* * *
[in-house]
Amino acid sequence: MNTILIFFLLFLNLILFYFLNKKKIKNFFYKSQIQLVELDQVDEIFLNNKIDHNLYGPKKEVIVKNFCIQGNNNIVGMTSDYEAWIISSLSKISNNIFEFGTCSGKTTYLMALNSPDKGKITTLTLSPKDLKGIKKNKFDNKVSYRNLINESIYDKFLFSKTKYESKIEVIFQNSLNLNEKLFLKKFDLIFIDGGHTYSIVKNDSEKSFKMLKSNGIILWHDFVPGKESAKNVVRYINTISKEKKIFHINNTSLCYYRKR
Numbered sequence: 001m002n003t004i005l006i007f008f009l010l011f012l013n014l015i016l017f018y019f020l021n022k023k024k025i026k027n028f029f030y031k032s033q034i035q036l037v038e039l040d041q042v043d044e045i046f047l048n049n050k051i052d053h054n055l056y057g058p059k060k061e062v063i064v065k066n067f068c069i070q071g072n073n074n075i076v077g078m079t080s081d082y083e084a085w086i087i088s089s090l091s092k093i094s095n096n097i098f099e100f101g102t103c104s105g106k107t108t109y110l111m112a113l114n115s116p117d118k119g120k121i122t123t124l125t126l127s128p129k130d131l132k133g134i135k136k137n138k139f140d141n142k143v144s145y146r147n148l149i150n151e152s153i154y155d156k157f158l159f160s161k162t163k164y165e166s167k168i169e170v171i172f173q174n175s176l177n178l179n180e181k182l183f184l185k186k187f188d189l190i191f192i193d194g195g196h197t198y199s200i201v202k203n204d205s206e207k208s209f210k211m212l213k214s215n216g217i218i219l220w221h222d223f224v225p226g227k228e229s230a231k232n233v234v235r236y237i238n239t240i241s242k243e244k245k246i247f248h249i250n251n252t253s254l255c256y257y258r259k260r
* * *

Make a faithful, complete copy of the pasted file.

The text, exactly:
[in-house]
Amino acid sequence: MNTILIFFLLFLNLILFYFLNKKKIKNFFYKSQIQLVELDQVDEIFLNNKIDHNLYGPKKEVIVKNFCIQGNNNIVGMTSDYEAWIISSLSKISNNIFEFGTCSGKTTYLMALNSPDKGKITTLTLSPKDLKGIKKNKFDNKVSYRNLINESIYDKFLFSKTKYESKIEVIFQNSLNLNEKLFLKKFDLIFIDGGHTYSIVKNDSEKSFKMLKSNGIILWHDFVPGKESAKNVVRYINTISKEKKIFHINNTSLCYYRKR
Numbered sequence: 001m002n003t004i005l006i007f008f009l010l011f012l013n014l015i016l017f018y019f020l021n022k023k024k025i026k027n028f029f030y031k032s033q034i035q036l037v038e039l040d041q042v043d044e045i046f047l048n049n050k051i052d053h054n055l056y057g058p059k060k061e062v063i064v065k066n067f068c069i070q071g072n073n074n075i076v077g078m079t080s081d082y083e084a085w086i087i088s089s090l091s092k093i094s095n096n097i098f099e100f101g102t103c104s105g106k107t108t109y110l111m112a113l114n115s116p117d118k119g120k121i122t123t124l125t126l127s128p129k130d131l132k133g134i135k136k137n138k139f140d141n142k143v144s145y146r147n148l149i150n151e152s153i154y155d156k157f158l159f160s161k162t163k164y165e166s167k168i169e170v171i172f173q174n175s176l177n178l179n180e181k182l183f184l185k186k187f188d189l190i191f192i193d194g195g196h197t198y199s200i201v202k203n204d205s206e207k208s209f210k211m212l213k214s215n216g217i218i219l220w221h222d223f224v225p226g227k228e229s230a231k232n233v234v235r236y237i238n239t240i241s242k243e244k245k246i247f248h249i250n251n252t253s254l255c256y257y258r259k260r